About two years later, I heard this podcast on PE & gestalt.

Before bringing this full circle, a few concerns. I’m fairly certain that this will, at least short term, increase the use of dimers as a part of a syncopal work up, and probably for the “near syncopal” as well.  But what about age-adjusted dimers? A potential role can & should be seen here for those of us with concern enough to send a dimer, particularly if your gestalt dictates.  With 40% of these PE’s not being small, I think something is there, the question is, is it meaningful?  Better yet, is it worth chasing after that 1.1% ?   We do it for chest pain with troponins, we do it with lactics for infectious processes, why not age-adjusted dimers for syncope?  But is any of that actually good care?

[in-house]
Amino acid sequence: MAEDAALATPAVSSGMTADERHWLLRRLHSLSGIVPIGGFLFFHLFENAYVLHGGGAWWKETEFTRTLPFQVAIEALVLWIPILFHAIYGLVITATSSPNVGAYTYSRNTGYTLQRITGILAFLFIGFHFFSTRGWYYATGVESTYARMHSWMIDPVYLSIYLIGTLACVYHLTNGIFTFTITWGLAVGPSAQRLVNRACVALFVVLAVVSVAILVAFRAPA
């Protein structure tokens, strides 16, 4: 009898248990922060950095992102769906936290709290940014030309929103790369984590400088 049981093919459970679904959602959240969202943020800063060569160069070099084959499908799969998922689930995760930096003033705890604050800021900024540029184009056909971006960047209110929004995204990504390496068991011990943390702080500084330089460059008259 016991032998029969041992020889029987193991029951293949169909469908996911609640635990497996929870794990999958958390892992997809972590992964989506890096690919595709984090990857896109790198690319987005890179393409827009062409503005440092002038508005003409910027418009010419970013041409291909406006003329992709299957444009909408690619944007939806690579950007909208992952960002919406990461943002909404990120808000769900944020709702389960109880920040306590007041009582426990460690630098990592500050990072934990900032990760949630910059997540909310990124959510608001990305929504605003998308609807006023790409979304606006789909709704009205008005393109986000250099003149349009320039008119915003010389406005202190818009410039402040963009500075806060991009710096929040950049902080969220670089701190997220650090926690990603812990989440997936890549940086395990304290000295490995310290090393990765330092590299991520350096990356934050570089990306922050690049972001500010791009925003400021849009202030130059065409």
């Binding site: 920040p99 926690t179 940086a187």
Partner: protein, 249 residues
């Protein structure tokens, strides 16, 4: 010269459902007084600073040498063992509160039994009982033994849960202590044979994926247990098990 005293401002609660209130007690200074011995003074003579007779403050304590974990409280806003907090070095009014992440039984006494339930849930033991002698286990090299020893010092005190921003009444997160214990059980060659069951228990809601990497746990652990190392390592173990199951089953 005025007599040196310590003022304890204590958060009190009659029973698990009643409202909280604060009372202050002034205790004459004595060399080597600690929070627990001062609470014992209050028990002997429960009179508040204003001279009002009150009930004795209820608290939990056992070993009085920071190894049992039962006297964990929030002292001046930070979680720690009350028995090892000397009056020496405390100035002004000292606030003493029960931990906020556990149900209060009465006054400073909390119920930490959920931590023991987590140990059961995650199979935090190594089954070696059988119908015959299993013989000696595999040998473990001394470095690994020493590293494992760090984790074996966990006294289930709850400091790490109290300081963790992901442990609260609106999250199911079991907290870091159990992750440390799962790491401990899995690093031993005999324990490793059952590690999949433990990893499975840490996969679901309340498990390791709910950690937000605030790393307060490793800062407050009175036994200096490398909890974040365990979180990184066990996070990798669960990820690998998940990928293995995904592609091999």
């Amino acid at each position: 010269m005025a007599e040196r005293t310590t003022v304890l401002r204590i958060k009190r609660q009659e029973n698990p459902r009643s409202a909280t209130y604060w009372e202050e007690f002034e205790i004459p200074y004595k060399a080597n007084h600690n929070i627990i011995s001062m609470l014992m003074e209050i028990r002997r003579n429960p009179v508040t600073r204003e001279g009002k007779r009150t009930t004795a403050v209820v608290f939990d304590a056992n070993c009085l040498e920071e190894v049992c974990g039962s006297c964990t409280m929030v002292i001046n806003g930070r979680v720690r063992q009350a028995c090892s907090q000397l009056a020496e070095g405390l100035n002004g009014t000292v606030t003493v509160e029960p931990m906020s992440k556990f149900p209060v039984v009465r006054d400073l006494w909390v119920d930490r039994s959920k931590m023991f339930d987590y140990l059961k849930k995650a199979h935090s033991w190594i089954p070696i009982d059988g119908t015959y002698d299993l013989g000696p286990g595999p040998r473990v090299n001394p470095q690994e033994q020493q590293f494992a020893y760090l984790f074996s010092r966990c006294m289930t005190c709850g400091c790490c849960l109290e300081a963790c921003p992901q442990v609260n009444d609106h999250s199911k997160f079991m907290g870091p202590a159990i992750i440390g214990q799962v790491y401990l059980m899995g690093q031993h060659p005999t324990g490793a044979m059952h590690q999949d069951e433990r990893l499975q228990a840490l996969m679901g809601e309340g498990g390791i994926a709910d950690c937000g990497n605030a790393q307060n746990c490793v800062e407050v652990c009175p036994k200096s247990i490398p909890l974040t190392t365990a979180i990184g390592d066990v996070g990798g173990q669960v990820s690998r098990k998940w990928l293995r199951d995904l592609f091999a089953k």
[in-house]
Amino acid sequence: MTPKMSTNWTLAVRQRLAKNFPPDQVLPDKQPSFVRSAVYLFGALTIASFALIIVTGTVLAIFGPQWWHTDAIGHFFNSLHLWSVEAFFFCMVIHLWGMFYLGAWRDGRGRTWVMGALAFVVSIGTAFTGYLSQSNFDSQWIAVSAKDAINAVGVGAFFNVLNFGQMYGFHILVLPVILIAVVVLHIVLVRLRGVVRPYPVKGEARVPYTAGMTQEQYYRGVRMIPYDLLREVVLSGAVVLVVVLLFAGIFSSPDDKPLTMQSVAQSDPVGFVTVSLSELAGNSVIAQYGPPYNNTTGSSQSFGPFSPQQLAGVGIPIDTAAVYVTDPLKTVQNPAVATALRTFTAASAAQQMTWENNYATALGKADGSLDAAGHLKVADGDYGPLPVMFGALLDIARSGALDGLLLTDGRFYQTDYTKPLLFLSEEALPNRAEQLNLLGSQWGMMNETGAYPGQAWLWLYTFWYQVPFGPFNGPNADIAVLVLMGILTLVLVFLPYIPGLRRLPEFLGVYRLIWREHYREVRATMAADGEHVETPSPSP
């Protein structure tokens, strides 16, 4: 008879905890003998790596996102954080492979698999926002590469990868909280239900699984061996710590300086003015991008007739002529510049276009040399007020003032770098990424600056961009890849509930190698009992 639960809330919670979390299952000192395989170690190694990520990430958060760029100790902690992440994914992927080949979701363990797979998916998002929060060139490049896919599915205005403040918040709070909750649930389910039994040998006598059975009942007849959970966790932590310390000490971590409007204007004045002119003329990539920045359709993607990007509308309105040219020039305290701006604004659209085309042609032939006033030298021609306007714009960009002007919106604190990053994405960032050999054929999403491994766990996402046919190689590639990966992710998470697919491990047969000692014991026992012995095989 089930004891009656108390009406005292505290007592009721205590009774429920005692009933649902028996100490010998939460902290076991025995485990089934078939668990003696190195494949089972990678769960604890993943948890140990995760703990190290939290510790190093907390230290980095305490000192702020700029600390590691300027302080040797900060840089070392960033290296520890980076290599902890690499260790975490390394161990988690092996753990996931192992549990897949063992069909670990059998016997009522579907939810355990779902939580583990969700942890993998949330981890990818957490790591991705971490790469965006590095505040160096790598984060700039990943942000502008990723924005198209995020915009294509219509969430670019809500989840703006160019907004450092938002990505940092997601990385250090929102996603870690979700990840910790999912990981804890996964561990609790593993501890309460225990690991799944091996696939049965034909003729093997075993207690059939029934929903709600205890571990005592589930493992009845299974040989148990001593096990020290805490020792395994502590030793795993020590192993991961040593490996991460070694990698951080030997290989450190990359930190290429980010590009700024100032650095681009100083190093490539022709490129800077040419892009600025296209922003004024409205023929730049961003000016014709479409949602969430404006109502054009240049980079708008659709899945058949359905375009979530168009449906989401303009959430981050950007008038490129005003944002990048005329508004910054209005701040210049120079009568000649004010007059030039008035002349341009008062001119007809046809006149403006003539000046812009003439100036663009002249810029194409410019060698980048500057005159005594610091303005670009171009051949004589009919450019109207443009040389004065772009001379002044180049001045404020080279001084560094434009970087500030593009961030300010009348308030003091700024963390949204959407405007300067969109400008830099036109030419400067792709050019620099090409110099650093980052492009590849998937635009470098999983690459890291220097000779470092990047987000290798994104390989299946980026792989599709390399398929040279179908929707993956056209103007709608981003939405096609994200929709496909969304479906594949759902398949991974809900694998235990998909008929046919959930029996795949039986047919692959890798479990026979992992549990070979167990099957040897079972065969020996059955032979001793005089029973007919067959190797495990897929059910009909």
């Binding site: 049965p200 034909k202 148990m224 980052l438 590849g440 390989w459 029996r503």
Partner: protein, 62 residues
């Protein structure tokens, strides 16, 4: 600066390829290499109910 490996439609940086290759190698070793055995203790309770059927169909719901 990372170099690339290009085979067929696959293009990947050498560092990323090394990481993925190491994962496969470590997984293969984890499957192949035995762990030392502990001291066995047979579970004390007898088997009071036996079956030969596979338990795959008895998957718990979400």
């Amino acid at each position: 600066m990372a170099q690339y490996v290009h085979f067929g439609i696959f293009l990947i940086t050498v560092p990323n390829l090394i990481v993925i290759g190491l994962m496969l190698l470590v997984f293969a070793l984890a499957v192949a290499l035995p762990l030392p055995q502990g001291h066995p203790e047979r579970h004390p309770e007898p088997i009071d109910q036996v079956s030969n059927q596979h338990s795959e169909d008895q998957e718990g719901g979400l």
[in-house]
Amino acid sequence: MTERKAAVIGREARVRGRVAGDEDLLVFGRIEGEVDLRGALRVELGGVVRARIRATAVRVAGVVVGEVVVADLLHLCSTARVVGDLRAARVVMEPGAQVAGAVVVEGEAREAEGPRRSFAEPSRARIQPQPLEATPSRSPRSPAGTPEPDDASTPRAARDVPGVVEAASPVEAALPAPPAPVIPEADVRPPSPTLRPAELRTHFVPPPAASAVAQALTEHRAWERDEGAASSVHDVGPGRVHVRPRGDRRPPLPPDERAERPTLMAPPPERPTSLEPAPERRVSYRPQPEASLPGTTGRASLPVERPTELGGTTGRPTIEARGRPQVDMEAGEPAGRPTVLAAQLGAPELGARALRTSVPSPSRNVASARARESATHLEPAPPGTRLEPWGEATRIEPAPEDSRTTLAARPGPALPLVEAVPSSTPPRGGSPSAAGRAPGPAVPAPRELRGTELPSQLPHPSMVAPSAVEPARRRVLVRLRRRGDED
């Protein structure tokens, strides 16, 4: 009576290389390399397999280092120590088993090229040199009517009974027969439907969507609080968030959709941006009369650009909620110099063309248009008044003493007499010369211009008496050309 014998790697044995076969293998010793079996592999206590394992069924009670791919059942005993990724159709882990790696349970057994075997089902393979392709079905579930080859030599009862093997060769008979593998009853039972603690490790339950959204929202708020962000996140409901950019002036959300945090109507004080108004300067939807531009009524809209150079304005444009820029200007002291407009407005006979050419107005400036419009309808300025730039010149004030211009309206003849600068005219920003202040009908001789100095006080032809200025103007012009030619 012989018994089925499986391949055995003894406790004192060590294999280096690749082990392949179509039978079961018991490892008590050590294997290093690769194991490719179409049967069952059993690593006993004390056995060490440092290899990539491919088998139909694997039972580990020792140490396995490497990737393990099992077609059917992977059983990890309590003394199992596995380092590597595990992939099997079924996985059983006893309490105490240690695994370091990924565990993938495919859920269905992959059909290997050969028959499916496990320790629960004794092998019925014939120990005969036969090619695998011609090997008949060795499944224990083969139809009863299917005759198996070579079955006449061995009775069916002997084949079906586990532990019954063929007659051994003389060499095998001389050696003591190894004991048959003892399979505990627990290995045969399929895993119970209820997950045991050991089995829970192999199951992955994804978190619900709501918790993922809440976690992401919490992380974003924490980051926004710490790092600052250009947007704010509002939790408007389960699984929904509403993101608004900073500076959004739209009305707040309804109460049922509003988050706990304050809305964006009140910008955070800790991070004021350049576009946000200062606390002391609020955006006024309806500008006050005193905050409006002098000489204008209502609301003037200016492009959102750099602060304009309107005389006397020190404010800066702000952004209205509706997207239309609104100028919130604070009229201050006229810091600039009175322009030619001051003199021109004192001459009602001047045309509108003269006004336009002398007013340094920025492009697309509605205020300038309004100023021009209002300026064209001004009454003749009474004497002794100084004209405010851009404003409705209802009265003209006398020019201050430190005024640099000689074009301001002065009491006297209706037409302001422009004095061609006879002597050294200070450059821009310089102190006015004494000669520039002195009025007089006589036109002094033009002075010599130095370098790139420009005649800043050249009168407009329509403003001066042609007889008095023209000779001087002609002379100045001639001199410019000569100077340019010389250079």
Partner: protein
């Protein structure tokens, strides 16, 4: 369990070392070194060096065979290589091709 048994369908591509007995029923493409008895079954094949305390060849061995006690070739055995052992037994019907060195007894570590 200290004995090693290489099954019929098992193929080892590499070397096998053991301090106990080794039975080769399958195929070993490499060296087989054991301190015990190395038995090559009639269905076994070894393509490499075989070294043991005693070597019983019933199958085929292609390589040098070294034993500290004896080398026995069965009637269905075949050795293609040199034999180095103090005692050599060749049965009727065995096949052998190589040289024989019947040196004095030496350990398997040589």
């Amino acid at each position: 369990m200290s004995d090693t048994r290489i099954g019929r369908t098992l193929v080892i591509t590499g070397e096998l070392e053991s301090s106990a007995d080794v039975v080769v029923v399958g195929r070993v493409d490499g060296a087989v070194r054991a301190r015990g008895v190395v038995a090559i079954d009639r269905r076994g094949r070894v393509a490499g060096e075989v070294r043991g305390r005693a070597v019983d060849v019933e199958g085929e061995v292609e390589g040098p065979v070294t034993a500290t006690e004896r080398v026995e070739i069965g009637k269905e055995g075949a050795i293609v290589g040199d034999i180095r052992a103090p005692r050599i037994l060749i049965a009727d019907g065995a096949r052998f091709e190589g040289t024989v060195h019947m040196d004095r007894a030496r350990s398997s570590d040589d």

Sadly, we’re still not exactly sure if we’ve benefitted the patients in this study by treating them since they were not followed for a prolonged period.

So where does this leave us? Well, I’ll leave up for you & your gestalt to decide.  I’m still trying to figure out if I actually helped that poor elderly woman.

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Improving Outcomes, Improving Throughput, Mythbusting

Albuterol: Sepsis Mimic

In today’s day and age of overtesting, some providers will not send home a patient with an abnormal lactic acid at all, regardless of etiology. So let’s examine what can possibly cause abnormalities of the current apple of our sepsis eye.